NASA shares list of cosmic targets for Webb Telescope's first science images
NASA's James Webb Space Telescope, a partnership with the European Space Agency (ESA) and the Canadian Space Agency (CSA), will soon reveal unprecedented and detailed views of the universe, with the upcoming release of its first full-colour science images and spectroscopic data.
Below is the list of cosmic objects that Webb targeted for these first observations, which will be released in NASA's live broadcast beginning at 10:30 a.m. ET on Tuesday, . The event will also be broadcast via the CSA's YouTube and Facebook pages.
These targets represent the first wave of full-colour science images and spectra the observatory has gathered, and the official beginning of Webb's general science operations. They were selected by an international committee of representatives from NASA, ESA, the CSA, and the Space Telescope Science Institute.
- Carina Nebula. The Carina Nebula is one of the largest and brightest nebulae in the sky, located approximately 7,600 light-years away in the southern constellation Carina. Nebulae are stellar nurseries where stars form. The Carina Nebula is home to many massive stars, several times larger than the Sun.
- WASP-96 b (spectrum). WASP-96 b is a giant planet outside our solar system, composed mainly of gas. The planet, located nearly 1,150 light-years from Earth, orbits its star every 3.4 days. It has about half the mass of Jupiter, and its discovery was announced in .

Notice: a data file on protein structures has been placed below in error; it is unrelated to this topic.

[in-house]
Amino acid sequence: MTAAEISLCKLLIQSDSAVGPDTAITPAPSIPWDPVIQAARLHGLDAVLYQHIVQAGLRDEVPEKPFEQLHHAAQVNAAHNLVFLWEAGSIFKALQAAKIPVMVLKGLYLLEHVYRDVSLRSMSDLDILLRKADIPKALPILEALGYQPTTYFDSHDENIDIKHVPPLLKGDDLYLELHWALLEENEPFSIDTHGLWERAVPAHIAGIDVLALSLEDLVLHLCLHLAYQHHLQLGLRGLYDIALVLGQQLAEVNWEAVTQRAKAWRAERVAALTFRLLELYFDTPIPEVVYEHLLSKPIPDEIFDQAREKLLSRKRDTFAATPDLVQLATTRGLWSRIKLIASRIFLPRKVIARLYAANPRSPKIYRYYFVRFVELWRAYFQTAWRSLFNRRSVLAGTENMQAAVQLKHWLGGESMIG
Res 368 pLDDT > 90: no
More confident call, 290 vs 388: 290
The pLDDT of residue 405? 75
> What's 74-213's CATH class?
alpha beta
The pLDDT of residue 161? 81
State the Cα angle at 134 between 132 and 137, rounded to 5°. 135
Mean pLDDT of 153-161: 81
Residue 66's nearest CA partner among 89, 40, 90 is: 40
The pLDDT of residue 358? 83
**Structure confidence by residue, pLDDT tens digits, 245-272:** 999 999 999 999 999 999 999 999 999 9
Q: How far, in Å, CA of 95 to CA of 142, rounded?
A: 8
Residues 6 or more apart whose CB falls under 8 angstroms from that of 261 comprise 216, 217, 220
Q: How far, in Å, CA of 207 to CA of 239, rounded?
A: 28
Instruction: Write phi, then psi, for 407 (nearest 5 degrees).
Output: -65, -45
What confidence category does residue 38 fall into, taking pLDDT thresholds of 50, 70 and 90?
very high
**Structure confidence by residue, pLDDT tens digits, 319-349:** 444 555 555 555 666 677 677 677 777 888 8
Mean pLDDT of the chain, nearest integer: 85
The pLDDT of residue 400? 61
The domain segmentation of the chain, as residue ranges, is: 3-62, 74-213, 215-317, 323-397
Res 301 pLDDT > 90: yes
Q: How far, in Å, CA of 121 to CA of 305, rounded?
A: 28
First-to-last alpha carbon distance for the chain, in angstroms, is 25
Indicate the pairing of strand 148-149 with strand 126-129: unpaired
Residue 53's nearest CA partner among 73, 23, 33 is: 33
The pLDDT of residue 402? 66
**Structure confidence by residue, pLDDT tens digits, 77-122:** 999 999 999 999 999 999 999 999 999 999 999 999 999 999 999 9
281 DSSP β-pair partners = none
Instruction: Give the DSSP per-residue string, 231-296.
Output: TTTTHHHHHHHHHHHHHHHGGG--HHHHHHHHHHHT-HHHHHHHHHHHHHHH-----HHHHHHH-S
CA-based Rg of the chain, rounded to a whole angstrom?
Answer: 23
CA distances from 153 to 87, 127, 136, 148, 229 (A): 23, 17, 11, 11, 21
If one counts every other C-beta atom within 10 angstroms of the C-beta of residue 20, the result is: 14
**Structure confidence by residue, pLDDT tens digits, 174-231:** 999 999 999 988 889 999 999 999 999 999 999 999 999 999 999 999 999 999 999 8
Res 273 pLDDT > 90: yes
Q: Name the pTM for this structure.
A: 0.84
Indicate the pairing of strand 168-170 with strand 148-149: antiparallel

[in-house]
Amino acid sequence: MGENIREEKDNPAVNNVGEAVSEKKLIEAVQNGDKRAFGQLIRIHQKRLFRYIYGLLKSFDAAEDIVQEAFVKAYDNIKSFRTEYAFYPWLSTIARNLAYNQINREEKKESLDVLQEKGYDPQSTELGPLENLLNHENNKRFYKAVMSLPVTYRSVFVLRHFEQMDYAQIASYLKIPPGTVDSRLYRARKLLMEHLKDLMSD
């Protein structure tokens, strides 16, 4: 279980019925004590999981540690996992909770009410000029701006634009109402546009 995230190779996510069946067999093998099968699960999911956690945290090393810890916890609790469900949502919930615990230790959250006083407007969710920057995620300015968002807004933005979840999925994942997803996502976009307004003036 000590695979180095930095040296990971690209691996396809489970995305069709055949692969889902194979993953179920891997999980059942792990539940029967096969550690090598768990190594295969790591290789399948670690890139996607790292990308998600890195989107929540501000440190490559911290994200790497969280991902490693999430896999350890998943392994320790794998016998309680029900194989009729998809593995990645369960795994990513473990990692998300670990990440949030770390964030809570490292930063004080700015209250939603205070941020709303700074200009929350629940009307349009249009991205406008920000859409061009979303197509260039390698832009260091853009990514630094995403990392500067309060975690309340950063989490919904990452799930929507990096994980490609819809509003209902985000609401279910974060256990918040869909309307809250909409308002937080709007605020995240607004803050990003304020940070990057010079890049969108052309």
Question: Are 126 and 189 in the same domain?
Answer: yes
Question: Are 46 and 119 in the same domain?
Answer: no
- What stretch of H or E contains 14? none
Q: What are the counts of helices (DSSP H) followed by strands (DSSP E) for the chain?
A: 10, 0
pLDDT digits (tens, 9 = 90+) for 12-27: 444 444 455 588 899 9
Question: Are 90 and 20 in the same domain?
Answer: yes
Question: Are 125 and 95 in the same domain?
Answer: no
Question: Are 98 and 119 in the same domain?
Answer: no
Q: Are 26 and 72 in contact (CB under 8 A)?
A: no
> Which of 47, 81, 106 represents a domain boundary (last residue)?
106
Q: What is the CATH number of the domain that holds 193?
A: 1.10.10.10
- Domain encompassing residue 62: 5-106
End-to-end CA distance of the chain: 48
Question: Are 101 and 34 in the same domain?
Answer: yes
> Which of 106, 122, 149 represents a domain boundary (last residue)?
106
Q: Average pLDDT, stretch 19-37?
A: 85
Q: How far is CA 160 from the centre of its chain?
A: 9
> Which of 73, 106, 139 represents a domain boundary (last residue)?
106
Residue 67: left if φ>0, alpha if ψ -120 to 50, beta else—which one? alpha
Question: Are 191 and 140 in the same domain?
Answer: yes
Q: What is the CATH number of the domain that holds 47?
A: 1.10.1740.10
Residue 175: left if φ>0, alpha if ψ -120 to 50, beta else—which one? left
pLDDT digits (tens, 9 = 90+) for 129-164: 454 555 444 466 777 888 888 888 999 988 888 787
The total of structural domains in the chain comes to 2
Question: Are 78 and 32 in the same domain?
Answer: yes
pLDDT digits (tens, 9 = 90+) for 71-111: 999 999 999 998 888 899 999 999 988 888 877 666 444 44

- Southern Ring Nebula. The Southern Ring, or "
Eight-Burst" Nebula, is a planetary nebula – an expanding cloud of gas, surrounding a dying star. It is nearly half a light-year in diameter and is located approximately 2,000 light-years away from Earth.
- Stephan's Quintet: About 290 million light-years away, Stephan's Quintet is located in the constellation Pegasus. It is notable for being the first compact galaxy group ever discovered. Four of the five galaxies within the quintet are locked in a cosmic dance of repeated close encounters.
- SMACS 0723: Massive foreground galaxy clusters magnify and distort the light of objects behind them, permitting a deep-field view into both the extremely distant and intrinsically faint galaxy populations.
The release of these first science images marks the official beginning of Webb's science operations, which will continue to explore the mission's key science themes.
The James Webb Space Telescope is the world's premier space science observatory. Webb will solve mysteries in our solar system, look beyond to distant worlds around other stars, and probe the mysterious structures and origins of our universe and our place in it.
Abridged text reprinted courtesy of NASA
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